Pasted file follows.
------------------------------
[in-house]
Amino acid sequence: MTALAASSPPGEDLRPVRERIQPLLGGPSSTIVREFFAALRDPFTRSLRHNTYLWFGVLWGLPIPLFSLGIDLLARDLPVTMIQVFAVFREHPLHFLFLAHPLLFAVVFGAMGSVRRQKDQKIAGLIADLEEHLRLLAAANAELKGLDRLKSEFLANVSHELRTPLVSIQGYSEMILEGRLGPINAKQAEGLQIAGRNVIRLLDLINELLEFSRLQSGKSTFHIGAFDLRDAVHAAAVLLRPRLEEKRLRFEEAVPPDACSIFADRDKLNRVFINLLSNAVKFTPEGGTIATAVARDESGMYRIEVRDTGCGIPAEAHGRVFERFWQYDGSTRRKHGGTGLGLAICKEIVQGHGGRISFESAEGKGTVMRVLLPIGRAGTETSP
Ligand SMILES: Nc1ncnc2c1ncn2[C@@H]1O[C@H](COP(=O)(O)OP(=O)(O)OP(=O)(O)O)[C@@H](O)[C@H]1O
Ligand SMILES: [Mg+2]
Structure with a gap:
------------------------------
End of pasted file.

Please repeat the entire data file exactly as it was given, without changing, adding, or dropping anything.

[in-house]
Amino acid sequence: MTALAASSPPGEDLRPVRERIQPLLGGPSSTIVREFFAALRDPFTRSLRHNTYLWFGVLWGLPIPLFSLGIDLLARDLPVTMIQVFAVFREHPLHFLFLAHPLLFAVVFGAMGSVRRQKDQKIAGLIADLEEHLRLLAAANAELKGLDRLKSEFLANVSHELRTPLVSIQGYSEMILEGRLGPINAKQAEGLQIAGRNVIRLLDLINELLEFSRLQSGKSTFHIGAFDLRDAVHAAAVLLRPRLEEKRLRFEEAVPPDACSIFADRDKLNRVFINLLSNAVKFTPEGGTIATAVARDESGMYRIEVRDTGCGIPAEAHGRVFERFWQYDGSTRRKHGGTGLGLAICKEIVQGHGGRISFESAEGKGTVMRVLLPIGRAGTETSP
Ligand SMILES: Nc1ncnc2c1ncn2[C@@H]1O[C@H](COP(=O)(O)OP(=O)(O)OP(=O)(O)O)[C@@H](O)[C@H]1O
Ligand SMILES: [Mg+2]
Structure with a gap: